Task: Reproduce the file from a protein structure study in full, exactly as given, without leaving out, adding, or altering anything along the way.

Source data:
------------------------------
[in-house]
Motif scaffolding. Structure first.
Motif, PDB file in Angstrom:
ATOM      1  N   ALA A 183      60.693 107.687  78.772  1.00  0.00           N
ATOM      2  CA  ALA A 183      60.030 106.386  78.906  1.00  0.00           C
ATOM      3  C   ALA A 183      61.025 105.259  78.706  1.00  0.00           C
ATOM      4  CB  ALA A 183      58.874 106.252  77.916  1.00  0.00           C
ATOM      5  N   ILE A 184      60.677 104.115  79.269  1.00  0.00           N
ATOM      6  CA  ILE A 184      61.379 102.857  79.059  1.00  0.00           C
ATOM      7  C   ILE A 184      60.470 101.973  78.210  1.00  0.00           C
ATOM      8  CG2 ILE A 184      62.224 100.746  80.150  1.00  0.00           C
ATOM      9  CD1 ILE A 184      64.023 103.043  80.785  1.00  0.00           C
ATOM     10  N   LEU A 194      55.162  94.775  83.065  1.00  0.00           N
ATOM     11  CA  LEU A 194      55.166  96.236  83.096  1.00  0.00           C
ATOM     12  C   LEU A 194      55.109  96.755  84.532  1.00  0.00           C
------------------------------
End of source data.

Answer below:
[in-house]
Motif scaffolding. Structure first.
Motif, PDB file in Angstrom:
ATOM      1  N   ALA A 183      60.693 107.687  78.772  1.00  0.00           N
ATOM      2  CA  ALA A 183      60.030 106.386  78.906  1.00  0.00           C
ATOM      3  C   ALA A 183      61.025 105.259  78.706  1.00  0.00           C
ATOM      4  CB  ALA A 183      58.874 106.252  77.916  1.00  0.00           C
ATOM      5  N   ILE A 184      60.677 104.115  79.269  1.00  0.00           N
ATOM      6  CA  ILE A 184      61.379 102.857  79.059  1.00  0.00           C
ATOM      7  C   ILE A 184      60.470 101.973  78.210  1.00  0.00           C
ATOM      8  CG2 ILE A 184      62.224 100.746  80.150  1.00  0.00           C
ATOM      9  CD1 ILE A 184      64.023 103.043  80.785  1.00  0.00           C
ATOM     10  N   LEU A 194      55.162  94.775  83.065  1.00  0.00           N
ATOM     11  CA  LEU A 194      55.166  96.236  83.096  1.00  0.00           C
ATOM     12  C   LEU A 194      55.109  96.755  84.532  1.00  0.00           C